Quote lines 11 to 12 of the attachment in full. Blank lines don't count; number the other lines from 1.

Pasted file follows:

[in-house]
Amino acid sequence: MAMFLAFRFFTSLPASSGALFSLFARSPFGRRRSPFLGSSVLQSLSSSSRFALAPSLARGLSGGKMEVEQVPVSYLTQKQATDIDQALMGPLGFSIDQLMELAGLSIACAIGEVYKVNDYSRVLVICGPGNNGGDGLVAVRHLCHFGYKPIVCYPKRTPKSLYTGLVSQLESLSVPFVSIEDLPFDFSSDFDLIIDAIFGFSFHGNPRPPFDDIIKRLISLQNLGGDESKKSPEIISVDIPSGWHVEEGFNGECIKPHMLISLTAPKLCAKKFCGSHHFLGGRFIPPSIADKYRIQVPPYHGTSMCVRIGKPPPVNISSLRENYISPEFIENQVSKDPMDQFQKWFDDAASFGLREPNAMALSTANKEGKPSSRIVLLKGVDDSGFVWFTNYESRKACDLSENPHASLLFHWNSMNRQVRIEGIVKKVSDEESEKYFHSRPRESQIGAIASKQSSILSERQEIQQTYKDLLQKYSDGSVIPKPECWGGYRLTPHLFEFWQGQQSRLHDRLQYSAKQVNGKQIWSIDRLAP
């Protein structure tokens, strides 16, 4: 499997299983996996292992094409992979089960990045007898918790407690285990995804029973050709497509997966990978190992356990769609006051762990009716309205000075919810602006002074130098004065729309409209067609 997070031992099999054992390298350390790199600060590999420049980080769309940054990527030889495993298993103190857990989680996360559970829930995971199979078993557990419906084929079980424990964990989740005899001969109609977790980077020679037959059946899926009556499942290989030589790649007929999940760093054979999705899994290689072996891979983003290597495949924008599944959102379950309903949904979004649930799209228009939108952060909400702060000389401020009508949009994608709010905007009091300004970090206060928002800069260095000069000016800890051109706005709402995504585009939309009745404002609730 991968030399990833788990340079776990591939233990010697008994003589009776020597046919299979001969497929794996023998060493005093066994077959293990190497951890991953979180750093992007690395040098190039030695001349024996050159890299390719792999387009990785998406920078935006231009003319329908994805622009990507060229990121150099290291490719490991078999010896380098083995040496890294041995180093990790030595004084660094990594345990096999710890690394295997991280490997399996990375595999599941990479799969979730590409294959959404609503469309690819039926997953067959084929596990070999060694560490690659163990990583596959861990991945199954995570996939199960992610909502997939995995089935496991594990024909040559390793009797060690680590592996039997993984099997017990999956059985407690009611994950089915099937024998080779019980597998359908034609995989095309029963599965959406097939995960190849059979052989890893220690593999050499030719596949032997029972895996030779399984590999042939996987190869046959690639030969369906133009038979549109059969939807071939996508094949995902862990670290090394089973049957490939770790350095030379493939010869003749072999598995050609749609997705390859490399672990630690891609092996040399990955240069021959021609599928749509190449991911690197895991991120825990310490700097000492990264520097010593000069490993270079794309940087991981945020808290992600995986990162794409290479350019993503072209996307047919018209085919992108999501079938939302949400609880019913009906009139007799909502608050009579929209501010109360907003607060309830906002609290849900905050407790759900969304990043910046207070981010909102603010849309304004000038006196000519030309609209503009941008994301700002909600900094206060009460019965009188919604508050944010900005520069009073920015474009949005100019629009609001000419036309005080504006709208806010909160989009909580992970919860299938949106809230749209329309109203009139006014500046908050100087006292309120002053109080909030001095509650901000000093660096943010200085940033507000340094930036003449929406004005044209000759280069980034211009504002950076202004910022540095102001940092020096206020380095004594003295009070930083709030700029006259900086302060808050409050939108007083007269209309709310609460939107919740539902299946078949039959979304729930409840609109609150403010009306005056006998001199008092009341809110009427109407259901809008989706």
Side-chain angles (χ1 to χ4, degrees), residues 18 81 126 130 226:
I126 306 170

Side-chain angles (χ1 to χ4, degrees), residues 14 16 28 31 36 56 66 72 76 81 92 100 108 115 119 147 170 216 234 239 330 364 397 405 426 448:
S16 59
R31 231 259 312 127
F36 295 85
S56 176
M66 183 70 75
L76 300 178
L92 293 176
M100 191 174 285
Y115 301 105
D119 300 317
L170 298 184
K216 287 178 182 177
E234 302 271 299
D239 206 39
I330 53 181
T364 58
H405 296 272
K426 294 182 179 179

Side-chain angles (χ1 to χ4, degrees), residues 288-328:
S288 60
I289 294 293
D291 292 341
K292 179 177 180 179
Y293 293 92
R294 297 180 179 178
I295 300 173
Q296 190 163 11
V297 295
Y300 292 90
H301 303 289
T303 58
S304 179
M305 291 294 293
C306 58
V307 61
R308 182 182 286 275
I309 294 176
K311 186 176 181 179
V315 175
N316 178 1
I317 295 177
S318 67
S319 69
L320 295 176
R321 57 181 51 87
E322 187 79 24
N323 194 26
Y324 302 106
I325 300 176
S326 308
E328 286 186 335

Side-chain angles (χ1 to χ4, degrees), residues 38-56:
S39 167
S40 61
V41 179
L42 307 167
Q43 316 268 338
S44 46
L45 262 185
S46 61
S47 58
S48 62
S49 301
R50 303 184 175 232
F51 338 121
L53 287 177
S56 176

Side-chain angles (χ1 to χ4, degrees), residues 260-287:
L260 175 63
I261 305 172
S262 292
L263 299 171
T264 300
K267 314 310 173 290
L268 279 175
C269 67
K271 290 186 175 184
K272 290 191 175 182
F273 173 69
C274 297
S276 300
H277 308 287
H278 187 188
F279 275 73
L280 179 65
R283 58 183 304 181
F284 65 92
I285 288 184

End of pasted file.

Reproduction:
M66 183 70 75
L76 300 178